Sartenada's photo blog / Blog de foto de Sartenada

January 8, 2010

Comparing war memorials II / Comparando monumentos a los caídos II / Comparant monuments aux morts II

Part II/II. Parte II/II.

In English:

When photographing churches, it is quite natural to visit on local cemeteries. What is eye striking, are war memorials or as we call them: “Pro Patria” in English “For the Fatherland” statues. Some of them are great, some less great, because some villages are poor. This is quite understandable because total number of deaths was 90 000 and wounded nearly 200 000. This means that in many small villages there were after war nearly young children and old men. Women had to do same work than their decedent husbands and also their own work. But the war is not the only one thing were people died. In 1866–1868 we had great famine. During those years eight percent of total number of our population died. In numbers that is 115707 persons. Also in 1695—1697 we had bigger famine and then 150000 died. That number was about one third about the whole population.

En español:

Al fotografiar iglesias, es bastante natural visitar en cementerios locales. Lo que salta a la vista son monumentos a los caídos o como nosotros los llamamos: “Pro Patria” o en español “Por la Patria” estatuas. Algunos de ellos son espectaculares algunos no lo estan, porque algunos pueblos son pobres. Esto es bastante entendible porque el número de total de muertes fue 90 000 e hirió casi 200 000. Esto significa que en muchas pequeñas aldeas allí habían después de guerrea solamente niños y a ancianos casi jóvenes. Las mujeres tuvieron que hacer mismo trabajo que sus maridos difuntos y además sus propio trabajo. Pero la guerra no es el cosa único dónde fue personas muertas. En 1866–1868 tuvimos el gran hambre. Durante esos años ocho por ciento del número total de nuestra población moría. En los números eso hace 115707 personas. También en 1695—1697 tuvimos más gran hambre y entonces 150000 morían. Ese número estuvo acerca de la tercera parte acerca de la población entera.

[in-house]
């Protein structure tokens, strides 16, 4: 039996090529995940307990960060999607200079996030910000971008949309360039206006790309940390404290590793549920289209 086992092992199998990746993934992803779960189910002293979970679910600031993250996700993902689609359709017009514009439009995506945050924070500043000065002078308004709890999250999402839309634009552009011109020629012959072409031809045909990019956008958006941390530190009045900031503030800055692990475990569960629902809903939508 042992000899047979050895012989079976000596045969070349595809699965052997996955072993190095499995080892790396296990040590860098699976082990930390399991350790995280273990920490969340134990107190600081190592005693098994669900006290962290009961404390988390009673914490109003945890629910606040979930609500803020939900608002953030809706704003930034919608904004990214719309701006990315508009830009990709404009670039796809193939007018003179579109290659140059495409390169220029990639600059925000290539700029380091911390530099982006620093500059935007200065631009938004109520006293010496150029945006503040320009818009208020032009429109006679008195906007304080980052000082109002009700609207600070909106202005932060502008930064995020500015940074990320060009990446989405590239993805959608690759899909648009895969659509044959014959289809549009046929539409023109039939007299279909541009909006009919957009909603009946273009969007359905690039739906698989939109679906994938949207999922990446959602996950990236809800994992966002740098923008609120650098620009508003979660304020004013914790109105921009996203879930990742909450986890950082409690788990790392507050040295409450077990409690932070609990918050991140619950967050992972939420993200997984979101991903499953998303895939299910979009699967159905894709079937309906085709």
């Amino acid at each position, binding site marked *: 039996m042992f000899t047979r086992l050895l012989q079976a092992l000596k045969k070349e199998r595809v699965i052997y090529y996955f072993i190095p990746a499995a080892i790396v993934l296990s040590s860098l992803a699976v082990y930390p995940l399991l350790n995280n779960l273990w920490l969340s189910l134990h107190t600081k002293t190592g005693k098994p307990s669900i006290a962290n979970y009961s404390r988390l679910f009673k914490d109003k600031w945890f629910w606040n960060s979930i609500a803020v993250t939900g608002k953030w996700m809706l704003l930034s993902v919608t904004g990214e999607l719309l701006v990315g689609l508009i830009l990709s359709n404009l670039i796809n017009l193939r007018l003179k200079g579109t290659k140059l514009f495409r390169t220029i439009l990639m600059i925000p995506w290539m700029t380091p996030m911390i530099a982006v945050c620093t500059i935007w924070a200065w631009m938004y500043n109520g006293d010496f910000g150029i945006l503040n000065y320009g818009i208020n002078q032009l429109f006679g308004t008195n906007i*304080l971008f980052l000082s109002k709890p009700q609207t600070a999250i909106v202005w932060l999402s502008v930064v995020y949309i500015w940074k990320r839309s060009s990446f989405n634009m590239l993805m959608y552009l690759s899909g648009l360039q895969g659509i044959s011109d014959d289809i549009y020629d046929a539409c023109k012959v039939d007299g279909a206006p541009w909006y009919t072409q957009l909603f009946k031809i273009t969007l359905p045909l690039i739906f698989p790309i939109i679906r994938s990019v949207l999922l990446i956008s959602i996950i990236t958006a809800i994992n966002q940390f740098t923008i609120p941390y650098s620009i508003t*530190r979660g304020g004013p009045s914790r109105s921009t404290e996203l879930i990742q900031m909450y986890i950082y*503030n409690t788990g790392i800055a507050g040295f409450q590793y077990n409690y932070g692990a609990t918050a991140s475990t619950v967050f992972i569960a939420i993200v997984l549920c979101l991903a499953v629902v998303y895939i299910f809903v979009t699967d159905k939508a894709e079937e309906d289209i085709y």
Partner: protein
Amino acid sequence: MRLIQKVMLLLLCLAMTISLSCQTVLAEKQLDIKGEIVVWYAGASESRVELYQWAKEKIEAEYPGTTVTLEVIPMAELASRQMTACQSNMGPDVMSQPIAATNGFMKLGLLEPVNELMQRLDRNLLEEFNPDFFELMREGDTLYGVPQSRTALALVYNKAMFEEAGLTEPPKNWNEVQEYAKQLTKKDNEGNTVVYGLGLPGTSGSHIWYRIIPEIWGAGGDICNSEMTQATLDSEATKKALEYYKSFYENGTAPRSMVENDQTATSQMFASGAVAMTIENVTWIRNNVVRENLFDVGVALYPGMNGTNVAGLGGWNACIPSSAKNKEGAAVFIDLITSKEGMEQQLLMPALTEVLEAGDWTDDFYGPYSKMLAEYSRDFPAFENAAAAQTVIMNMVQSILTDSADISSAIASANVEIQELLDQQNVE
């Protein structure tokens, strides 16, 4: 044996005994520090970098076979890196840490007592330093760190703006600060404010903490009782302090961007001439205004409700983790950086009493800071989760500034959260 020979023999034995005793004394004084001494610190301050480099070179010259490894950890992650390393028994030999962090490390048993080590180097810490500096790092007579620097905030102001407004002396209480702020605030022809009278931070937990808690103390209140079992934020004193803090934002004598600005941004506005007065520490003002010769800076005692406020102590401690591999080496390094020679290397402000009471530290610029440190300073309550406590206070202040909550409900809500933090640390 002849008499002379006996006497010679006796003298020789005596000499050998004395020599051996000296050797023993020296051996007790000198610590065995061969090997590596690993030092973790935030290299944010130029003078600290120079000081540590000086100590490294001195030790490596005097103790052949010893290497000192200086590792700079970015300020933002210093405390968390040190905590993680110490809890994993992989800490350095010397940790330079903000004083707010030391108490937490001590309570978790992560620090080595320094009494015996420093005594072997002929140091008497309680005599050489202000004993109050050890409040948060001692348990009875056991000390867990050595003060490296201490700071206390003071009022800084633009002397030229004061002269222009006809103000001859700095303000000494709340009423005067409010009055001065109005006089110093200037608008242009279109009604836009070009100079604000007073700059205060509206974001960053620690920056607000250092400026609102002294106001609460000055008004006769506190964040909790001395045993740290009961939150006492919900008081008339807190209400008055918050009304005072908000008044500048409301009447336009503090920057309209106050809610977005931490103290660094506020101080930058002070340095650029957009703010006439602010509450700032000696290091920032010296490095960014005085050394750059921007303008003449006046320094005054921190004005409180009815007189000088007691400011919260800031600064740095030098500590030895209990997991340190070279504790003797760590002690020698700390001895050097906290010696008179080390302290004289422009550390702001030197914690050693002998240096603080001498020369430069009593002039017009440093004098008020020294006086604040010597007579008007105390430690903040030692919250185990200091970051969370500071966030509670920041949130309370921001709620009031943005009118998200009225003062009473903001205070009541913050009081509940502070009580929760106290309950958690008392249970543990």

En francais:

En photographiant des églises, c’est tout à fait naturel pour visiter les cimetières locaux. Ce qui frappe l’oeil sont des monuments aux morts ou comme nous les appelons : “Pro Patria” ou en français “Pour la patrie” statues. Certains d’elles sont grandes, quelques-unes moins grandes, parce que certains villages sont pauvres. Ceci est tout à fait compréhensible parce que le nombre total de morts était 90 000 et a blessé presque 200 000. Ceci signifie que dans beaucoup de villages petits il y avait après la guerre presque jeunes enfants et les vieil hommes. Les femmes ont dû faire le même travail que leurs défunts maris et de plus leur propre travail. Mais la guerre n’est pas le seul chose quand des gens mouraient. Dans 1866–1868 nous avons eu la grande famine. Pendant ces ans huit pourcent de nombre total de notre population mourait. Dans les nombres c’est 115707 personnes. Aussi dans 1695—1697 nous avons eu la plus grande famine et alors 150000 mouraient. Ce nombre était d’un tiers de la population entière.